EDITED TO ADD: It has come to my attention that Loretta is a Trump supporter. My heart is crushed. More evidence that even bad ass women are not perfect.



American Masters -- Loretta Lynn: Still a Mountain Girl explores Lynn's hard-fought road to stardom, her struggles to balance her marriage to Oliver "Doolittle" Lynn and six children with her music career, her friendships and collaborations with Spacek, Patsy Cline, Conway Twitty, Johnny Cash, June Carter Cash and music producer Owen Bradley, along with her life on the road, her Nashville and Hurricane Mills communities, her songwriting inspirations and her music's lasting impact on her peers and fans.

31 January 2016

No Más Bebés Premieres on Independent Lens

No Más Bebés tells the story of a little-known but landmark event in reproductive justice, when a small group of Mexican immigrant women sued county doctors, the state, and the U.S. government after they were sterilized while giving birth at Los Angeles County-USC Medical Center during the late 1960s and early 1970s.



This moving (seriously, have tissues at hand!) documentary about the human rights abuses inflicted on Latinas in the 1960s and 1970s will have you up in arms. My friend and colleague, Elena R. Gutiérrez did a lot of the research work to help put together this puzzle. In a blog post about the film she says:
“No Más Bebés” also shows that socially grounded attitudes relating to ethnicity and gender can play a role in the provision of reproductive health care services; a message that is important for us to hear today. In my own research I show that the abusive practices that occurred at LACMC were not only shaped by debates on population control, but also by concerns about increased immigration from Mexico and the stereotype that Mexican women gave birth to too many children. Through tracing newspaper articles, organizational records and scholarly research in Fertile Matters: The Politics of Mexican-origin Women’s Reproduction, I show how these “stereotypes” about Mexican immigrant women being hyper-fertile and “having too many children” are deeply-rooted beliefs that are part and parcel of institutionalized racism and were perpetuated by the media, social science, and immigration control activists throughout the 20th century carrying into the 21st century. Beyond representations of the perpetually “pregnant pilgrim” who came to the United States purposefully to have children born on US soil so that that they could become American citizens (an idea perpetuated in both Mexican news media and popular culture), “hyperfertility” as a social construct became significantly entrenched in academia, and has thus gained legitimacy in both scholarly research and policy response. I argue that this context and the general public perception that Latina women are significantly more “fertile” than women of other races and ethnicities influenced medical practitioners’ behaviors.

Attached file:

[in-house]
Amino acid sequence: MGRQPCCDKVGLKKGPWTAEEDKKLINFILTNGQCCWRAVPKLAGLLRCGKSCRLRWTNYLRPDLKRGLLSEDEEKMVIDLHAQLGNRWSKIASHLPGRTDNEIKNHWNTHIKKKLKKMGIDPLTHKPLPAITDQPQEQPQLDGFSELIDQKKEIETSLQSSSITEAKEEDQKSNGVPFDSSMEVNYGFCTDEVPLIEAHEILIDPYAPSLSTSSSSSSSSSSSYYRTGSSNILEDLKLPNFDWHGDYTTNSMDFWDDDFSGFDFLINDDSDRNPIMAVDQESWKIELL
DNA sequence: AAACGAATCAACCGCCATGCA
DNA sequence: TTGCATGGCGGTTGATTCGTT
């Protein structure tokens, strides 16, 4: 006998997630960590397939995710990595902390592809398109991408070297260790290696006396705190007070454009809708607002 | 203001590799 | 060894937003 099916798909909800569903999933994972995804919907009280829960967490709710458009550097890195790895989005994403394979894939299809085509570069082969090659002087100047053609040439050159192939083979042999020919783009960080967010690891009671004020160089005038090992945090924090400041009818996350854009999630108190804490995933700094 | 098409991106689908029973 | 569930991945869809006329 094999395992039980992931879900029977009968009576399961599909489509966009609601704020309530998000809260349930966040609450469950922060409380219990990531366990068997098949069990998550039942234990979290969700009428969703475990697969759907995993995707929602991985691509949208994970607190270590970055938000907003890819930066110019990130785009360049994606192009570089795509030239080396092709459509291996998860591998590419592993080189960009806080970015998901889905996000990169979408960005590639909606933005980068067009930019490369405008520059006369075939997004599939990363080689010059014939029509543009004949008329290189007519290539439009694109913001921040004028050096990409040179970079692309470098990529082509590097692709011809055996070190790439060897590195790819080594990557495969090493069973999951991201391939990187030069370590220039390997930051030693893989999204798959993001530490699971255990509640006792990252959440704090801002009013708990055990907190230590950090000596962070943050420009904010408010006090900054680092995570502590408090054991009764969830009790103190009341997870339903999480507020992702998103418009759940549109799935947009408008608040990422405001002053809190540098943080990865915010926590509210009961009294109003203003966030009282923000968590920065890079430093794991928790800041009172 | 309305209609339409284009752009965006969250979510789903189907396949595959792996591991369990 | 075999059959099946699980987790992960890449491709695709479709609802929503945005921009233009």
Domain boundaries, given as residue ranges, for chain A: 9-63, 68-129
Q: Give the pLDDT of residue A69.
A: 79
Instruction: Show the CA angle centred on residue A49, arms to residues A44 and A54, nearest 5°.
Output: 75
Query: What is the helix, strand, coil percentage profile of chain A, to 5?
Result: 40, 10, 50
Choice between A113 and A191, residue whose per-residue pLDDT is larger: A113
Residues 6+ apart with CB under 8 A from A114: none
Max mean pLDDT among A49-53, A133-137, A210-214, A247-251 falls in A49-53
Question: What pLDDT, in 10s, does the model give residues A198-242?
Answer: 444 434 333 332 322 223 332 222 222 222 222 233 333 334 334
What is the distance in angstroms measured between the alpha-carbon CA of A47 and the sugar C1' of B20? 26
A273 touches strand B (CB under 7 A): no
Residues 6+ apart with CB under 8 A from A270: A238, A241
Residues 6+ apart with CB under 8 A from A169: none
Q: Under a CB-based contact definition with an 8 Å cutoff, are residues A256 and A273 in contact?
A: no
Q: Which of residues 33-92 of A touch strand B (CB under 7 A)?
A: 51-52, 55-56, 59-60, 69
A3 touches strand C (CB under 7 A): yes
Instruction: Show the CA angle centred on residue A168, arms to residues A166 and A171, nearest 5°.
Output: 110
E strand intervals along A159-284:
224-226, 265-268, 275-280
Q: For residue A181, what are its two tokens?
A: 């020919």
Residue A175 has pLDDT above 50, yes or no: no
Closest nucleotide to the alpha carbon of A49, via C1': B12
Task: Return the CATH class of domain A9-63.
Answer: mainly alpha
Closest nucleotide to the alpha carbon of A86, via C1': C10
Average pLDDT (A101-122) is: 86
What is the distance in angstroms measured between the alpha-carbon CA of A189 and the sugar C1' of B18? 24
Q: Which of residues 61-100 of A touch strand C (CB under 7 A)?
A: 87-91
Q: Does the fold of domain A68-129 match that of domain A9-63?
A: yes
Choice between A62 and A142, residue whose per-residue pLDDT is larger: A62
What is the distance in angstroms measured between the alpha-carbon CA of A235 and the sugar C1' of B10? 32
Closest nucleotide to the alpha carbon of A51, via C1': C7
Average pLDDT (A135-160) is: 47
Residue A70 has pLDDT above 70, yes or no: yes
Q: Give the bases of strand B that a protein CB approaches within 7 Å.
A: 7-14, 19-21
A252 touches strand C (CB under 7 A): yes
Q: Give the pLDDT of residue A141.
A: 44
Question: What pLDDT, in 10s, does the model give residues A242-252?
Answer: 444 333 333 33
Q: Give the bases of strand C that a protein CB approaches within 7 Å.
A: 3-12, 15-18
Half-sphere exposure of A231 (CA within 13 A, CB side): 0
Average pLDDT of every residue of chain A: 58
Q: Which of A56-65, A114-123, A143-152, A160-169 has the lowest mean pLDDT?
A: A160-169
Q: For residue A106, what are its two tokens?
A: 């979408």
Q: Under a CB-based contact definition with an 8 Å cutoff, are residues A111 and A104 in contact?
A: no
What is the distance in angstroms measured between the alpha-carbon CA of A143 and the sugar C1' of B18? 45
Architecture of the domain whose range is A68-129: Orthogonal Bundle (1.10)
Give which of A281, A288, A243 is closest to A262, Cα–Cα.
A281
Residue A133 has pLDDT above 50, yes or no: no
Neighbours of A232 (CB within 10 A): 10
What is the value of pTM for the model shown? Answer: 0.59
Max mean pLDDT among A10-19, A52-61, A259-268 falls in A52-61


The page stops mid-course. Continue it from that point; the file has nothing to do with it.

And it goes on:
Elena R. Gutierrez is an Associate Professor of Gender and Women’s Studies and Latin American and Latino Studies at the University of Illinois, Chicago. She is also co-author of Undivided Rights: Women of Color Organizing for Reproductive Justice, which will be reprinted by Haymarket Press in April and director of the Reproductive Justice Virtual Library.

This is an important film to view and discuss. I do not want you to just watch it, think and stop there. No. This film calls for action. It demands it. I saw a sneak preview of No Mas Bebes about a year ago and was floored. And I know much of the history already. What makes this such a powerful film is that you hear from the women who were robbed of future children. They were robbed of that decision to even have future children. You hear from their families. It is just, gah...

At the moment we are in the midst of the 2016 Presidential campaign. We have candidates who are railing against anchor babies, wanting to use religious tests on refugees and then those who are calling for the end of the Hyde Amendment in order to increase women's access to reproductive services. All of these moments are connected because the government wants to say who is welcome not just in the USA, but who is welcome to reproduce and parent. Too often the feminist movement is seen as just about abortion, but an intersectional feminist movement is concerned about parenting as well.

On top of this political conversation is the recent worry over the Zika virus. A health issue that is worth of concern over who is getting pregnant, the governments that are calling for women to hold off on getting pregnant and failing to give them access to the tools (birth control and abortion) to make the best decisions for themselves and their families. 

This film premieres on February 1st on your loca PBS station. Watch it, tweet it, share it, discuss it. It's that important and not just to Latinas around the world.


28 November 2015

Jessica Jones is not the superhero girls want, but she is the one they need


B.................
I.................
G.................
..................
S.................
P.................
O.................
I.................
L.................
E.................
R.................